University of Utah details changes to campus safety as Lauren McCluskey’s mother calls for accountability

SALT LAKE CITY -- The University of Utah announced they have made major changes to how they handle campus safety in response to the shooting death of Lauren McCluskey on campus last fall.

During a Board of Trustees meeting held Tuesday, the University explained how they've been implementing a list of specific changes, stemming from an independent review released late last year that listed 30 recommendations to improve campus safety.

The full list of recommendations has been posted here. 

More than half of the changes focus on the university's police department. Some of them center on handling cases like Lauren McCluskey's.

Chief Dale Brophy said they've made policy changes, that they're hiring additional officers and a victim advocate, and they're implementing new training including domestic violence training.

“I think that some of the hires that we'll be making with a victim advocate, a community relations specialist, and then also our detective specialist will make a big impact for us,” Brophy said. “It'll help fill some of the communication gaps that we may have had in the past."

The police department will hire a domestic violence specialist detective, Chief Brophy said, as well as a technology specialist detective.

He said that they've entered into an agreement with the Utah Domestic Violence Coalition to implement the Lethality Assessment Protocol (LAP), which he explained involves asking anyone reporting interpersonal violence a list of questions.

"You connect them to the resources, so that they have either emergency shelter if necessary, counseling services, or victim advocacy," Chief Brophy said.

The man who shot and killed McCluskey on campus was on parole. When McCluskey reported her case to campus police more than a week before her death, they never reached out to Adult Probation and Parole.

Chief Brophy explained how that's now changed with an on-call number to AP&P,  and he said they've already seen results.

"We've been able to reach out and improve communication with AP&P on several occasions since this incident," he said. "So, I know that's working."

Changes that don't involve the police department include dorm security, handling of  student complaints, and faculty training.

During Tuesday's presentation, Barb Remsburg, Housing and Residential Education Director, said they are working with the Unified Police Department to staff the midnight shift of their 24-hour community desks around campus.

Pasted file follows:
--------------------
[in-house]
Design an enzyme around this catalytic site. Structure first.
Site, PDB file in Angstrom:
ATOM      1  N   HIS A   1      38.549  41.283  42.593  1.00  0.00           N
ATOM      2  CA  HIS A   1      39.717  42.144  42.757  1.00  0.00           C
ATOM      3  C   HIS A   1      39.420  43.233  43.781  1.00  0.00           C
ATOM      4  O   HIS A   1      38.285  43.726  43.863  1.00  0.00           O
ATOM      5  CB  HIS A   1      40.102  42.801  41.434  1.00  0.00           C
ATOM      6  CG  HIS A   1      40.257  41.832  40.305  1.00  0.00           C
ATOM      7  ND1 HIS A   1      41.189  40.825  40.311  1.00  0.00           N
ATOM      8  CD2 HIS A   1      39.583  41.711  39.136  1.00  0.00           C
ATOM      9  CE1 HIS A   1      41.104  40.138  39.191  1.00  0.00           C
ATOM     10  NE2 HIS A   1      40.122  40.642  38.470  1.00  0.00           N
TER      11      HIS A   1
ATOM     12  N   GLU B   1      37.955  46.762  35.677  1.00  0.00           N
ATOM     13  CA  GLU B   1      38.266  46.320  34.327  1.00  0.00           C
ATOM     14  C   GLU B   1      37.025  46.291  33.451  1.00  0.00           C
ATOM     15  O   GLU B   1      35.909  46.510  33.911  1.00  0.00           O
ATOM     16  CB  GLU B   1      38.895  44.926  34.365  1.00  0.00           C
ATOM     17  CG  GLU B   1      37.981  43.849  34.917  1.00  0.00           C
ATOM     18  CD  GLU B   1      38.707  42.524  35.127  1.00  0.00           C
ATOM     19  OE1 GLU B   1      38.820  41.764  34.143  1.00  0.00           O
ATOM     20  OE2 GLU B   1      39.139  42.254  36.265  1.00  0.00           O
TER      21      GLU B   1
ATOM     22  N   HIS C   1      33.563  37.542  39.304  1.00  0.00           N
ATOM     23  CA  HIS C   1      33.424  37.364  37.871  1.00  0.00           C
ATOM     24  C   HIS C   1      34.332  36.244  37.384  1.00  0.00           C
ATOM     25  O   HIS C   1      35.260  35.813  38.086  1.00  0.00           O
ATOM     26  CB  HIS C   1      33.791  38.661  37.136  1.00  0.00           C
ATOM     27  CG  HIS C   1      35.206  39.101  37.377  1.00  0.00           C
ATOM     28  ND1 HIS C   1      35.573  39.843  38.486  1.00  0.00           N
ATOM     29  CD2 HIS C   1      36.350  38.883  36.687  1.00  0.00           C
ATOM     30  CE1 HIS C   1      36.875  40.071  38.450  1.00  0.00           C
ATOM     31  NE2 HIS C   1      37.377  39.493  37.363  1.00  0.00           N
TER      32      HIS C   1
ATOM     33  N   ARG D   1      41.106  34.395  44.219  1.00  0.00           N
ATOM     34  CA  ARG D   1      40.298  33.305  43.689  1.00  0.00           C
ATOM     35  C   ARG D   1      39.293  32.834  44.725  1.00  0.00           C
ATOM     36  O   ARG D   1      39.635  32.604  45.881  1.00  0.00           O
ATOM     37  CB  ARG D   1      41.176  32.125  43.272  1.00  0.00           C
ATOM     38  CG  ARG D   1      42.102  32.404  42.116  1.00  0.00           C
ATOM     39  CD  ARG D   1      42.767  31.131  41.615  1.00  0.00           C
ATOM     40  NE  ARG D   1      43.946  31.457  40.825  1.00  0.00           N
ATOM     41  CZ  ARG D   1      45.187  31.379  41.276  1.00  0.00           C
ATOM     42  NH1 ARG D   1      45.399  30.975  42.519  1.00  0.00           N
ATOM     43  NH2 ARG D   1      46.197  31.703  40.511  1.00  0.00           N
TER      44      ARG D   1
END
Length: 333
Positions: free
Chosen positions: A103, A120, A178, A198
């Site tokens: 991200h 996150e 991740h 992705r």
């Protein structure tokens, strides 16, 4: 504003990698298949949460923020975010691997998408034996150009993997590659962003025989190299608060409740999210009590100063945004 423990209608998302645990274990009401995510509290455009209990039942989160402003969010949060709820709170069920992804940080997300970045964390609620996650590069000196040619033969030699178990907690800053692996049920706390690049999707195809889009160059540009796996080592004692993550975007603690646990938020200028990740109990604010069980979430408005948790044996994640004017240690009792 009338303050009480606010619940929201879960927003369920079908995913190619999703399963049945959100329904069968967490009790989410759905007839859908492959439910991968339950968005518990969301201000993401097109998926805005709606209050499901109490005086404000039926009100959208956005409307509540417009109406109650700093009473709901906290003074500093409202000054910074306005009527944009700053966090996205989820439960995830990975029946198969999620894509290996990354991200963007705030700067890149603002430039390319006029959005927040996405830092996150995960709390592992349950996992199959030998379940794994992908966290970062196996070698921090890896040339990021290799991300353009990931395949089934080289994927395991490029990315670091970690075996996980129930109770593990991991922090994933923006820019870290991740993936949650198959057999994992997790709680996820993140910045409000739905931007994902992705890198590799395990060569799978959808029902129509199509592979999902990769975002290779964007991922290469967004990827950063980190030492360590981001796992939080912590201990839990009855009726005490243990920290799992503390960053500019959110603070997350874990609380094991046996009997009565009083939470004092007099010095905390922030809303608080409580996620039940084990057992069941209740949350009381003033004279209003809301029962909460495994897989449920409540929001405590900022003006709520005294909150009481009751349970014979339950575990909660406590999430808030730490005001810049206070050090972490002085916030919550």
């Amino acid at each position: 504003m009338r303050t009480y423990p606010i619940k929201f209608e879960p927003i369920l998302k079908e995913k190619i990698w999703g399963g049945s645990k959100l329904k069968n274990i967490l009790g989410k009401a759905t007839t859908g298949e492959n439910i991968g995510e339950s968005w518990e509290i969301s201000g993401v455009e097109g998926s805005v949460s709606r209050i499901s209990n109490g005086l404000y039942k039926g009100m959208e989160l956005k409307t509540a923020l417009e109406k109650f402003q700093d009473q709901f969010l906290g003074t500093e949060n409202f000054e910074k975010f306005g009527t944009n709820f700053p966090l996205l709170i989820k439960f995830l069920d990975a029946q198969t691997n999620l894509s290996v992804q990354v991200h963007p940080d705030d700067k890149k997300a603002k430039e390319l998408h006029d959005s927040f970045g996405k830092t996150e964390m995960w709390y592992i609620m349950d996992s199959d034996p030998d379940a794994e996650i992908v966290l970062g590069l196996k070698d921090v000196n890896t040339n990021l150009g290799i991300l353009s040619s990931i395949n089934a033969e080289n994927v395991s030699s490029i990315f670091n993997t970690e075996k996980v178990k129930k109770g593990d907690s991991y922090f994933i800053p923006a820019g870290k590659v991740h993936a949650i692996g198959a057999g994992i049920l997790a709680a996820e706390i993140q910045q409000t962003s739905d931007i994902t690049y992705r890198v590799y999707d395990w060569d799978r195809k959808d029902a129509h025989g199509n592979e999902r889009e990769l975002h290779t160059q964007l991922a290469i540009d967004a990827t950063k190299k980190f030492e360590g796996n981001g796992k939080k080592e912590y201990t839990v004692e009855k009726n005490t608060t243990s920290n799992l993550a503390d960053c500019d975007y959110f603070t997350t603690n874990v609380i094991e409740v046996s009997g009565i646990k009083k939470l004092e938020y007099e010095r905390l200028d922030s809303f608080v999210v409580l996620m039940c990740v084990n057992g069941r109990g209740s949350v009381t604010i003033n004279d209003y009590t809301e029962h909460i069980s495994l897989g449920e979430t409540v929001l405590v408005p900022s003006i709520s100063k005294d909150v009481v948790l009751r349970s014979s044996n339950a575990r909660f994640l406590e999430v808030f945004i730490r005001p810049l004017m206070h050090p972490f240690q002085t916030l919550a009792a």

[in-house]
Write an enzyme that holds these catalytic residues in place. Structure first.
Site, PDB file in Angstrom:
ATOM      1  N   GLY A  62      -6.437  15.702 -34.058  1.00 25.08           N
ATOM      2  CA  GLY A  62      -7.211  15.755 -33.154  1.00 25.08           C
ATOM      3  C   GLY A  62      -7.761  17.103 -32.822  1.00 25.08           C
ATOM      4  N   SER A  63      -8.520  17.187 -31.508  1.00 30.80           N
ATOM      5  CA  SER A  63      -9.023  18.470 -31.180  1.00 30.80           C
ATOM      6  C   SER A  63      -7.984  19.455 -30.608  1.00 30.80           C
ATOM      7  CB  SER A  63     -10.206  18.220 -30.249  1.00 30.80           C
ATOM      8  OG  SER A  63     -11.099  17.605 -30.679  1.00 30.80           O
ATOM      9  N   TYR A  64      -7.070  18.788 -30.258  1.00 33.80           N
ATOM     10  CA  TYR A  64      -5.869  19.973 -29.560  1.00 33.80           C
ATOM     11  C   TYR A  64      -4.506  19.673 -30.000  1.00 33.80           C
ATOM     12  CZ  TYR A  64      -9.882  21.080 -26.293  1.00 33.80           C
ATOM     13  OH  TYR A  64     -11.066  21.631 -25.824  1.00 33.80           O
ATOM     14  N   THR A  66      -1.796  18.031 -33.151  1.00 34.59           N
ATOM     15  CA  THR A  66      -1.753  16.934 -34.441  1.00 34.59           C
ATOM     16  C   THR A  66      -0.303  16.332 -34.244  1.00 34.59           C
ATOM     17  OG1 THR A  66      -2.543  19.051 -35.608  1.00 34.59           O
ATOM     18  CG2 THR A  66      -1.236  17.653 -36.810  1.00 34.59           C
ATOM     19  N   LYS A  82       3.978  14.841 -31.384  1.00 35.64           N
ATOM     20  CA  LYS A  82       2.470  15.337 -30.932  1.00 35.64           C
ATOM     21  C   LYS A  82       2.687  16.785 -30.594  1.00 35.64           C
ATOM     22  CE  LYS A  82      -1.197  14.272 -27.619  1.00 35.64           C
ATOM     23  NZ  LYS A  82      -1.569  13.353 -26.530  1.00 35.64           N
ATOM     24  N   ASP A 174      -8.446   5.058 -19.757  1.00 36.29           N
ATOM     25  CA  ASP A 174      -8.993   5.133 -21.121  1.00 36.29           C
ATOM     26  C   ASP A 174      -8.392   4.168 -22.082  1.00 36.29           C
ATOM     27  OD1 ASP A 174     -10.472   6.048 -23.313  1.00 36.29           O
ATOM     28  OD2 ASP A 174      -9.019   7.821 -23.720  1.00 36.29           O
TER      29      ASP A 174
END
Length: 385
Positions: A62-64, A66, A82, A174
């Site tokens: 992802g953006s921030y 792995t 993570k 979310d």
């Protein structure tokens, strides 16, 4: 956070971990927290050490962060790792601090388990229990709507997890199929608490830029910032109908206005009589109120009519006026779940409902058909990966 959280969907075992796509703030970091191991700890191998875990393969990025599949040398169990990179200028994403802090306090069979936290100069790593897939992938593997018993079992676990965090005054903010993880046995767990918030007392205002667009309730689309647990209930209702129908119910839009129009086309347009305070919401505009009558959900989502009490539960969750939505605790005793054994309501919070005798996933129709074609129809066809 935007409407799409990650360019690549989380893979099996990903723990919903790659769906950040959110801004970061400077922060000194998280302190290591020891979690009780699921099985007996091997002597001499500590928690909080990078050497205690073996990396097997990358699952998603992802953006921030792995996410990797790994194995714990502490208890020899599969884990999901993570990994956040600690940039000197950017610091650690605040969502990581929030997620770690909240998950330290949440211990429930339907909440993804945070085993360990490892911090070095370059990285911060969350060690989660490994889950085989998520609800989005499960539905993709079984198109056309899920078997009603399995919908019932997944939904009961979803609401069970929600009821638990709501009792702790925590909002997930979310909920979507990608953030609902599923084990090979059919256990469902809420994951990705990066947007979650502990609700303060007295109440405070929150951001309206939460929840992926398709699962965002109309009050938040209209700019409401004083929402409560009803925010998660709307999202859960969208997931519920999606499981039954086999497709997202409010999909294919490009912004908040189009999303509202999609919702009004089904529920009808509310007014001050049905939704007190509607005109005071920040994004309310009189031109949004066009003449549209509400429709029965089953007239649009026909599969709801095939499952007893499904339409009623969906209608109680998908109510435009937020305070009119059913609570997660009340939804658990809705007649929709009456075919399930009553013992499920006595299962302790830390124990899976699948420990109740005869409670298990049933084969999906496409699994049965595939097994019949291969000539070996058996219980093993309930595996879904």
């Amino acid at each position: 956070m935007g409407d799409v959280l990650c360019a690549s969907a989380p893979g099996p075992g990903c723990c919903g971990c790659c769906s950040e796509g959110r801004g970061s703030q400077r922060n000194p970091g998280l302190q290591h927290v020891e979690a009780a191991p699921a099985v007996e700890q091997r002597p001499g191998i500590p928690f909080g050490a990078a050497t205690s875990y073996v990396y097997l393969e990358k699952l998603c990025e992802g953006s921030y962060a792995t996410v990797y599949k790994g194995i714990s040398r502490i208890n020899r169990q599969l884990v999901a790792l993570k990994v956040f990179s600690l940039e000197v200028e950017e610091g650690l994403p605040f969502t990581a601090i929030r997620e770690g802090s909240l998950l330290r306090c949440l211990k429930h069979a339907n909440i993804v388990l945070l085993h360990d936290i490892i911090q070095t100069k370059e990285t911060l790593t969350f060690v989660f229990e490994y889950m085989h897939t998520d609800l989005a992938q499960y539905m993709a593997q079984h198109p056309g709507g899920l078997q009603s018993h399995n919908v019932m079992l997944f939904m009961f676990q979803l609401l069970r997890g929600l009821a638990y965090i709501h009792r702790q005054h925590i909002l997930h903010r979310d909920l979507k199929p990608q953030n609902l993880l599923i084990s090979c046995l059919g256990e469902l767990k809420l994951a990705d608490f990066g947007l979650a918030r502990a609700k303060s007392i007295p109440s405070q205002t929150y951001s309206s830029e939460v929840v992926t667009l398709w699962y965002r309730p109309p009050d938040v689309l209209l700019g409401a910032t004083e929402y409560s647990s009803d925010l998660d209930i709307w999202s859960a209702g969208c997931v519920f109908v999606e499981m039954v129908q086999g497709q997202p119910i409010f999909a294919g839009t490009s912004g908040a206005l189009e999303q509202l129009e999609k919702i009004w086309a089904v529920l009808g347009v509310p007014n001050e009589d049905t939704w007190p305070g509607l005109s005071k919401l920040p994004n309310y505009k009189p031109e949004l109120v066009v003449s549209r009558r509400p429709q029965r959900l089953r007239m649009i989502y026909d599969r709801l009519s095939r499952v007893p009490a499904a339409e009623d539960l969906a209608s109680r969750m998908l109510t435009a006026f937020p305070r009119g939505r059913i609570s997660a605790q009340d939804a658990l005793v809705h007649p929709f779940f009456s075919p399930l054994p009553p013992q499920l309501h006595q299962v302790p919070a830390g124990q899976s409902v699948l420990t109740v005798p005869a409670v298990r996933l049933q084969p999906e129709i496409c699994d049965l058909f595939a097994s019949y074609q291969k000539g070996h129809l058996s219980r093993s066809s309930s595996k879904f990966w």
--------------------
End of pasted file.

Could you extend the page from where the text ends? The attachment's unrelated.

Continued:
She said they are focusing on bystander awareness, which includes education on who to report to and where to report situations of sexual violence.

They've set up a task force to look at the overnight guest policy in the dorms, she explained, and will hire a resident outreach coordinator who will follow up with students when an incident or concern is reported.

A brand new Lockdown Task Force will look at and identify community spaces where doors can be fitted with locks from inside, in the event of a secure-in-place.

Barbara Snyder, VP of Student Affairs, said they're adding levels of security to residence halls that include locked external and internal doors, and an increase in police presence.

She said faculty and students have already undergone, and will continue to undergo, training on University policies and crime reporting. Staff and students were recently trained on policies relating to overnight guests, concealed weapons, tailgating and where to report issues.

Snyder said she wants to change the culture on campus, and honor Lauren in doing so.

"I hope we'll have more training. I hope we'll have a more educated community. And I hope we'll have a more caring community," she said. "I hope it will be part of the culture"

Lauren’s mother, Jill McCluskey tweeted that Tuesday, the day the university announced the changes, would have been Lauren’s 22nd birthday.

In her tweet, she asked about disciplinary action, referring to the handling of Lauren’s case.

Chief Brophy answered during Tuesday’s event, saying no one's been fired and he can't discuss personnel disciplinary issues. University of Utah President Ruth Watkins also addressed the topic, after a Board of Trustees member asked about accountability in this case.

"I don't think it enhances campus safety to fire anyone who acted in good faith," Watkins explained.

She added that she expects accountability and compliance as they move forward.

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